Rollercoaster Physics


Rollercoasters, great arenâ??t they? They may be something of a marmite pleasure, but if you love them dearly youâ??re always on the lookout for your next adrenaline â??fixâ??. Whether itâ??s at Alton Towers, Thorpe Park or Universal Studios, there are rollercoasters in pretty much every country in the world â?? and some are quite serious.

Take the â??fastest rollercoaster in the worldâ?? in Abu Dhabi, for instance. The Formula Rossa at Ferrari World is by far and away the fastest â??coaster on the planet with a top speed of 149mph. It gets to 62mph in just 2 seconds and riders experience around 1.7 G. In reality, the best bit of the Rossa is the start, because itâ??s just so damn fast. You feel those G-forces smack you in the face as the â??coaster accelerates, but what is a G-force? Why does this invisible force make you feel like that on a rollercoaster?


The force measured on a rollercoaster is called a G-force. Itâ??s not specifically just for rollercoasters, but you experience quite a lot of high G when riding the things, so thatâ??s why people love them so much. Have you noticed how â??heavyâ?? you can feel on a rollercoaster? Basically, a G-force is just the measurement of acceleration forces. 2 G, for instance, is double the gravity you would experience in normal life. Itâ??s a measurement of how the force is applied upon your body. F1 drivers experience around 5G when braking into some high-down-force braking areas, which puts an unbelievable strain on their head and neck â?? thatâ??s why they have to do muscle-building exercises for their upper body.


Just look at jet-fighter pilots. The G-forces they experience are so severe that they have to wear G-suits which keep all the blood in the pilotâ??s body where it should be. Without the G-suit, the pilots would pass out and crash. Thatâ??s just how strong G-forces can be.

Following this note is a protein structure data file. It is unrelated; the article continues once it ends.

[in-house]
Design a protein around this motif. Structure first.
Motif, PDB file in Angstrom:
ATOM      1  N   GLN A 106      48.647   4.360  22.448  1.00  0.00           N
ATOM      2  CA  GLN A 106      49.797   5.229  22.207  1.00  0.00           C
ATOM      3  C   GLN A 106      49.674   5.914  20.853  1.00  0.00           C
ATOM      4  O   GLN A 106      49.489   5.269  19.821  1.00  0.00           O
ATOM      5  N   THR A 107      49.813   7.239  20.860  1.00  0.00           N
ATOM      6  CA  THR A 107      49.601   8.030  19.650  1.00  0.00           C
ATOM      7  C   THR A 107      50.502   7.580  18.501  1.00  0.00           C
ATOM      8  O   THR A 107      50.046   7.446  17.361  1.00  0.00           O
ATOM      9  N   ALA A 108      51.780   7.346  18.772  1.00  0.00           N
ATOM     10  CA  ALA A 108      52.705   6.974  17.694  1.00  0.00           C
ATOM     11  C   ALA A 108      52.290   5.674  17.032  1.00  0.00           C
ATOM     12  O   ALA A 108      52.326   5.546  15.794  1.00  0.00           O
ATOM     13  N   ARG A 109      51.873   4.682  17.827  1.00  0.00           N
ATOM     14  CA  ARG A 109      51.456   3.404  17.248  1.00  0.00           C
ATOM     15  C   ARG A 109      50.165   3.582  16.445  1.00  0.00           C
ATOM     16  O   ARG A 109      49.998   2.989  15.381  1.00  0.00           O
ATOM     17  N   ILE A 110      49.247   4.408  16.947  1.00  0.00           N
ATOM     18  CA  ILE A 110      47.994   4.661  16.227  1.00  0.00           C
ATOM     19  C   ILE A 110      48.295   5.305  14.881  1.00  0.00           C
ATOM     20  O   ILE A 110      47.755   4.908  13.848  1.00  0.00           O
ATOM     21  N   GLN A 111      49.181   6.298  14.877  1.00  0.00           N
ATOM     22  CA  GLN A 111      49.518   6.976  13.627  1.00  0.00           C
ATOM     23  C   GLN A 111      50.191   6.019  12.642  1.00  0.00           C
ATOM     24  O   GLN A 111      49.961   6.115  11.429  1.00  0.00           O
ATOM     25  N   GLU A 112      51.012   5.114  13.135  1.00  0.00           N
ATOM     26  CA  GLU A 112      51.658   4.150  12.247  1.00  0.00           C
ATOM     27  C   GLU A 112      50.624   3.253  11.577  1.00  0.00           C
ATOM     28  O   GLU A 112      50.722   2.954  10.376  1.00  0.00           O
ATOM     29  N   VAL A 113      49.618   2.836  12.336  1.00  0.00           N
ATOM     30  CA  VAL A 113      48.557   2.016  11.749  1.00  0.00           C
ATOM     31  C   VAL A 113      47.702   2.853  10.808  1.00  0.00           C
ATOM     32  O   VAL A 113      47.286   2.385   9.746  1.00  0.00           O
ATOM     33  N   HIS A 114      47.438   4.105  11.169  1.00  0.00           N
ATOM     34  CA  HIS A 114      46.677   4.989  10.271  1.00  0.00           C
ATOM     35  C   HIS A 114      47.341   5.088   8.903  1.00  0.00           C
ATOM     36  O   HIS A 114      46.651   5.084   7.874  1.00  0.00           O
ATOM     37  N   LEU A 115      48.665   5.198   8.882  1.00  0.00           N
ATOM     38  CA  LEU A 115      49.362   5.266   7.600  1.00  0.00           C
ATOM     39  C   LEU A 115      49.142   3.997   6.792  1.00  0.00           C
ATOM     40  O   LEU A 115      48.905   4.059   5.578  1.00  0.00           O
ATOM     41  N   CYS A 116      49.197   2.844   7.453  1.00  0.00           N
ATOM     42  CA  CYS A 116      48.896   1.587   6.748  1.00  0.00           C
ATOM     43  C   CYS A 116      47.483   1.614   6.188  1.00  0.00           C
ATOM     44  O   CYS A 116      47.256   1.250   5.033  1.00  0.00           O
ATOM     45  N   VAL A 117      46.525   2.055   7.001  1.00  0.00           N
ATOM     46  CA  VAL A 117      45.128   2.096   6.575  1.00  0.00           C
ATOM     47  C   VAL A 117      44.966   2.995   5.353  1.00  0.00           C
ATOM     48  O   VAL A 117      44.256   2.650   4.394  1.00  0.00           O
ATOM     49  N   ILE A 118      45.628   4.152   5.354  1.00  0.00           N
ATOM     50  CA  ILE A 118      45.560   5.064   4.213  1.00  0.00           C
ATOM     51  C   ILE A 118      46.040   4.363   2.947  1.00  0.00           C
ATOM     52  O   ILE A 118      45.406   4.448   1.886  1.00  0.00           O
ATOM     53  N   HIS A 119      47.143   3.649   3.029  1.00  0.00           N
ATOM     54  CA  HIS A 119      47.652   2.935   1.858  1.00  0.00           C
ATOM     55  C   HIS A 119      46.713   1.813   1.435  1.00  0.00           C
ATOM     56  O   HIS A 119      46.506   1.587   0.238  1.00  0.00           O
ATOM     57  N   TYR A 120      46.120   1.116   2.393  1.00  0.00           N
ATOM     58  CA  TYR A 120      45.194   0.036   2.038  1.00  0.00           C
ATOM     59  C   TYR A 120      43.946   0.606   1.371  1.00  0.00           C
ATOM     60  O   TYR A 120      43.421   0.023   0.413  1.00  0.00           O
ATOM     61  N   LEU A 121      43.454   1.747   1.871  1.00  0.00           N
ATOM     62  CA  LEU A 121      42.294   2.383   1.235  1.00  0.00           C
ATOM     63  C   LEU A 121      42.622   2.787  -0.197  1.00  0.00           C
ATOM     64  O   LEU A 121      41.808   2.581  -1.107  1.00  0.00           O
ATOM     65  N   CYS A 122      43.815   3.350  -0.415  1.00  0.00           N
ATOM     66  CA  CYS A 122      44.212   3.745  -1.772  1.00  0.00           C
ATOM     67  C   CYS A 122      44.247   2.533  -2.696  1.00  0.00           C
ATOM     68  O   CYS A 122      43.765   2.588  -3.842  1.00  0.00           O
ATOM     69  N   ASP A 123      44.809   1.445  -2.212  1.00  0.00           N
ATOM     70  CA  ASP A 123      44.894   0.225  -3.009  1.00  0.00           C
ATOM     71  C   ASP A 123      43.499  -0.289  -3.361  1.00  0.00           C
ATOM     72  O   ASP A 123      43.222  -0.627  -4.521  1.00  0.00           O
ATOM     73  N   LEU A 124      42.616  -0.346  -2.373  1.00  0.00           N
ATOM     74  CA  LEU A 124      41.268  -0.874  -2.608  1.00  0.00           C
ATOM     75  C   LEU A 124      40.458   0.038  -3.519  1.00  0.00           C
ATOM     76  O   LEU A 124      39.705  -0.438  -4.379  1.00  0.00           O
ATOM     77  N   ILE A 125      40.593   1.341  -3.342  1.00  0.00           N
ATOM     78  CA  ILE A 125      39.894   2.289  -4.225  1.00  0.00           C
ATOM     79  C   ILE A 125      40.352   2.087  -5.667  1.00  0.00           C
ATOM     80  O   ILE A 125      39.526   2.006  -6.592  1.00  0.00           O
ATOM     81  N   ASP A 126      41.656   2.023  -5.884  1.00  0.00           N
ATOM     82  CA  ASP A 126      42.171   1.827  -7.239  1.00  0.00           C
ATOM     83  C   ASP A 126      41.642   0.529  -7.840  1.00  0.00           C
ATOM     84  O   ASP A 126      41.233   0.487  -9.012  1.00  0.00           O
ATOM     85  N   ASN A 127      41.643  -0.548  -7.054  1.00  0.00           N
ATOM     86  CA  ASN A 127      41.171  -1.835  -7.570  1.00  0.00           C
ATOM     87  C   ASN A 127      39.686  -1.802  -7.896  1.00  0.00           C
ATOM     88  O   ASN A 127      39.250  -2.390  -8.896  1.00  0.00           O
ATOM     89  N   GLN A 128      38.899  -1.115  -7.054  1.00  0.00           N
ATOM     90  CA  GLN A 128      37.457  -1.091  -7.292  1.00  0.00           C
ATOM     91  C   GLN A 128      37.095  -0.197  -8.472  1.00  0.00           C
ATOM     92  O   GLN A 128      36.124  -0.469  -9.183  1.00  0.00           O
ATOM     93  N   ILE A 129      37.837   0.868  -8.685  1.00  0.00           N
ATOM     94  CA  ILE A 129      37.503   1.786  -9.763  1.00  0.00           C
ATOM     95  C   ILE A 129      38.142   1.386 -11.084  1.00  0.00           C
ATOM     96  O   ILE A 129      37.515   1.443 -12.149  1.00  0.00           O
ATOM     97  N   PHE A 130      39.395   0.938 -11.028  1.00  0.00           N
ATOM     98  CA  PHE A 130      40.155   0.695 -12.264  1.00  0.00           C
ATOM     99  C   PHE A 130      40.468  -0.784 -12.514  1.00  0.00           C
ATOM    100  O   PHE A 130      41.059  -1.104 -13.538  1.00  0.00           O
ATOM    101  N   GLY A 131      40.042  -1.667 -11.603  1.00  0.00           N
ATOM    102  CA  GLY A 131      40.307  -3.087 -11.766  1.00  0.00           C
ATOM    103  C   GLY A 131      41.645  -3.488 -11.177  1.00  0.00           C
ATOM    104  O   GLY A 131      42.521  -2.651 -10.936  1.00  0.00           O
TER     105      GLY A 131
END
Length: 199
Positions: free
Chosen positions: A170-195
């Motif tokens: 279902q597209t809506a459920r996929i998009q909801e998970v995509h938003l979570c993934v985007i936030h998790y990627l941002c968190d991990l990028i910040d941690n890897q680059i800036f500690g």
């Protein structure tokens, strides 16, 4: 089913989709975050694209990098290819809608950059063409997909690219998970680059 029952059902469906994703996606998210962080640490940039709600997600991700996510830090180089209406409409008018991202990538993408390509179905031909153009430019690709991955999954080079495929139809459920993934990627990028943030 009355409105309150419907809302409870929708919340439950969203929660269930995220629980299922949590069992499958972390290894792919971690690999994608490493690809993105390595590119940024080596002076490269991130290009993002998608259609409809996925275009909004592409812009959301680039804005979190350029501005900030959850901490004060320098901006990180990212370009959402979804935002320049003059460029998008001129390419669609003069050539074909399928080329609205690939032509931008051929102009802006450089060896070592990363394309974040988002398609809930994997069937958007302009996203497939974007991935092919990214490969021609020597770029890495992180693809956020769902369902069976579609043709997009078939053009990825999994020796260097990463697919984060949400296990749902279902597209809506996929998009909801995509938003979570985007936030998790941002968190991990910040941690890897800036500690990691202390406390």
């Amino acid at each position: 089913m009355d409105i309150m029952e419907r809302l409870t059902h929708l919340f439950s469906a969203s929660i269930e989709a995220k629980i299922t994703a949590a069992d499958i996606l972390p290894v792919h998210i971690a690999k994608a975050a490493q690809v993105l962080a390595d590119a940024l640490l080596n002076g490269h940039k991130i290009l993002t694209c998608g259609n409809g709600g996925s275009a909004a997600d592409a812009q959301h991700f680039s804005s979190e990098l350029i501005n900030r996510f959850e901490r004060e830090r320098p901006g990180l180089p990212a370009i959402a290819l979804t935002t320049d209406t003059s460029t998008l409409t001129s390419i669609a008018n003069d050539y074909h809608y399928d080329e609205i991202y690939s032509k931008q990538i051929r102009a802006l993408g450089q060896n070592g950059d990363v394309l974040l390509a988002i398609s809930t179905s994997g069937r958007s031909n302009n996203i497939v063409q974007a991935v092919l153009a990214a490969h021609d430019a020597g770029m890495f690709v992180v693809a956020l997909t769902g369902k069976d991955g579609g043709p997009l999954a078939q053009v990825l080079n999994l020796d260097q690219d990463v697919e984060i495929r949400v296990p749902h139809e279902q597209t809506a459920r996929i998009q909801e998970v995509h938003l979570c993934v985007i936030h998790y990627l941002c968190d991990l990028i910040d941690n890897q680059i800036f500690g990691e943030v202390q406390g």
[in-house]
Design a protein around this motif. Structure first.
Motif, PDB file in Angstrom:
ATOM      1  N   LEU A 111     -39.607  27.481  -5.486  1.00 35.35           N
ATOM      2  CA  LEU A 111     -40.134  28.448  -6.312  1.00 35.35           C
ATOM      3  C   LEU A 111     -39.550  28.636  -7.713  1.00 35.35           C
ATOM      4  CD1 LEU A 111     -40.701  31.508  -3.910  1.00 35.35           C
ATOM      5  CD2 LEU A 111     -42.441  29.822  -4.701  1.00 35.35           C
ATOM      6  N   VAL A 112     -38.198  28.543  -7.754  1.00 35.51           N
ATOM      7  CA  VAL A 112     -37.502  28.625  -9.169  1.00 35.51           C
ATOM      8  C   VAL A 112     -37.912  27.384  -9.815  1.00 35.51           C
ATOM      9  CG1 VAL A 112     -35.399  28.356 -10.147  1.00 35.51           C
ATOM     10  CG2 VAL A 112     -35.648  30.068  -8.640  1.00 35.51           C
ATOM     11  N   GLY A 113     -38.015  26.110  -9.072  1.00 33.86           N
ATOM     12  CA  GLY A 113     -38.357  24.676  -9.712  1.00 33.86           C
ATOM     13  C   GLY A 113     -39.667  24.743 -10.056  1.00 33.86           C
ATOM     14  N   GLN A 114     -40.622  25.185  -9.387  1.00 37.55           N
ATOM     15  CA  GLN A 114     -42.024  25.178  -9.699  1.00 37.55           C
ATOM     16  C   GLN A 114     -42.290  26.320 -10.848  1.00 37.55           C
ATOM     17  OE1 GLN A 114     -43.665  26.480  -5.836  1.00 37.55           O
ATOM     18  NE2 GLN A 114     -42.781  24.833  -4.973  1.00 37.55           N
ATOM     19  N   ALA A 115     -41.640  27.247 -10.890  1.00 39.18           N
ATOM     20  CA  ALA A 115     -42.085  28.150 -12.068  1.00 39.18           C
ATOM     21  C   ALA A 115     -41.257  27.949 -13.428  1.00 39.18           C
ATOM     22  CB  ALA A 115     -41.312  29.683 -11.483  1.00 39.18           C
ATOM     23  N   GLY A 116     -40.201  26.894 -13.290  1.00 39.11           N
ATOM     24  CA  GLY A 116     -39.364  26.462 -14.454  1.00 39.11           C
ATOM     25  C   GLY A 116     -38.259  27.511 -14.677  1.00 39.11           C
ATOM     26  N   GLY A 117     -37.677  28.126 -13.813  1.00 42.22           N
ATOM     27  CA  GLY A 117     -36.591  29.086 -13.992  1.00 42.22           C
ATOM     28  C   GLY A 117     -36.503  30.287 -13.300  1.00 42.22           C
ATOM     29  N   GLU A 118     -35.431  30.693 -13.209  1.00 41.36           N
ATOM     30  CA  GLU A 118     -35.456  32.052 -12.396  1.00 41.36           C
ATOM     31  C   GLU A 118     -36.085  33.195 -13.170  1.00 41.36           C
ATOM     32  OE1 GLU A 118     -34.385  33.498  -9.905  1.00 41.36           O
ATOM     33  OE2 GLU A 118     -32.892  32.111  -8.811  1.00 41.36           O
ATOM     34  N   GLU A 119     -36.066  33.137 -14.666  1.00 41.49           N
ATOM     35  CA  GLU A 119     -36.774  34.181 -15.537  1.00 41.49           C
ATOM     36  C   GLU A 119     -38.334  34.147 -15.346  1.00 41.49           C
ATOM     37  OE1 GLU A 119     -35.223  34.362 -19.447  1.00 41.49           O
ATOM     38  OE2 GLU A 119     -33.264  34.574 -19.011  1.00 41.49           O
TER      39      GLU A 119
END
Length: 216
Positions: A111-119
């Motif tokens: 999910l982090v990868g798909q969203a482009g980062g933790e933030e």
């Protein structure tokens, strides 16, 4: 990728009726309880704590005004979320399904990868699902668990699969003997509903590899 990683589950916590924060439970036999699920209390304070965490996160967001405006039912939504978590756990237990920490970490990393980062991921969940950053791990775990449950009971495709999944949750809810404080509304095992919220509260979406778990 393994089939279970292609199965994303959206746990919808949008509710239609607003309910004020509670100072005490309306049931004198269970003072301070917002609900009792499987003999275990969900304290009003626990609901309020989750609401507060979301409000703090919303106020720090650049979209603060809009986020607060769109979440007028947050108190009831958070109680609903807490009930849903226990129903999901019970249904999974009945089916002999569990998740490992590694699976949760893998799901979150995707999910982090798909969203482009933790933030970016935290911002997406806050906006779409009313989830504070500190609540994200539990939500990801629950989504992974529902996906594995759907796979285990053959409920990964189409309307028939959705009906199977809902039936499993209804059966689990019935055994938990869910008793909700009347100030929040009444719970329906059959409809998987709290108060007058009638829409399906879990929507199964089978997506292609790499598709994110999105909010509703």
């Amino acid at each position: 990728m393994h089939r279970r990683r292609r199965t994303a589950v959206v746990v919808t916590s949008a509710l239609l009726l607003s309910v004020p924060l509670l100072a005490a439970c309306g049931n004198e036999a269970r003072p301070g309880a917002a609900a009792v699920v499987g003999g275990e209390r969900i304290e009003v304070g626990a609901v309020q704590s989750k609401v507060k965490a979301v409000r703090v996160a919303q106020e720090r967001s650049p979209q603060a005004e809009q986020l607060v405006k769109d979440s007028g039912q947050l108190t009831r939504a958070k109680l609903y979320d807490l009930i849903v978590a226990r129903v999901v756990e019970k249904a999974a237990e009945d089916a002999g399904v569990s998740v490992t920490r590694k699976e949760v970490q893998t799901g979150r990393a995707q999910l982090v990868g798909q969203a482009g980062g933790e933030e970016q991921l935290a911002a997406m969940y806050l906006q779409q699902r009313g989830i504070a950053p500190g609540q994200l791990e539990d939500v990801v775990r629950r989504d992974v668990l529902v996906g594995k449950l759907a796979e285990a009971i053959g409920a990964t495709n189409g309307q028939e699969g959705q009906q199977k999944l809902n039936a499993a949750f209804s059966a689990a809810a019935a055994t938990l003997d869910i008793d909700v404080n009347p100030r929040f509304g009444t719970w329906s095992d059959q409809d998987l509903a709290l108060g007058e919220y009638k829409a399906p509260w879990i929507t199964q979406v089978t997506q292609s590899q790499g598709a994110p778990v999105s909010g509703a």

Rollercoasters work in the same way â?? albeit with less force. A â??coaster will utilise G-forces to make you feel weightless and as if youâ??re travelling far quicker than you actually are. Most fast rollercoasters travel at around 90mph â?? which, when you think about it, isnâ??t actually that fast. Itâ??s just the forces at play which make you feel like youâ??re going to die.

When you feel like youâ??re being pushed into your seat, youâ??re not; itâ??s just your bodyâ??s inertia at play, fooling you into thinking as such.  The forces are, in fact, pushing your seat forward â?? not you into the seat â?? but your bodyâ??s inertia swaps the forces about which gives you a sensation of being pushed into your seat.

Rollercoasters, naturally, have to keep within certain G-force parameters, otherwise you would end up passing out like a jet-pilot, but itâ??s good to know they can still push your body to the limit without killing you. Loop-the-loops, corkscrews and drops all add to the sensation of G-force and, in truth, theyâ??re the reason why rollercoasters are so popular (and why they donâ??t keep getting faster).

Dopamine is released when our body goes through serious adrenaline kicks, which allows us to get that â??feel-goodâ?? factor after such an experience. For those you enjoy rollercoasters, dopamine is produced in abundance, but itâ??s actually the opposite for people who hate the things.

So there you go; thereâ??s more than just some metal and welding in a rollercoaster. Itâ??s actually quite a precise science to ensure you experience as much of a kick as possible while still being conscious for the photo near the end. You never know though, someone (perhaps at Thorpe Breaks) may invent a rollercoaster that requires a G-suit to rideâ?¦

Click here to find out about a roller coaster designed to kill . . .


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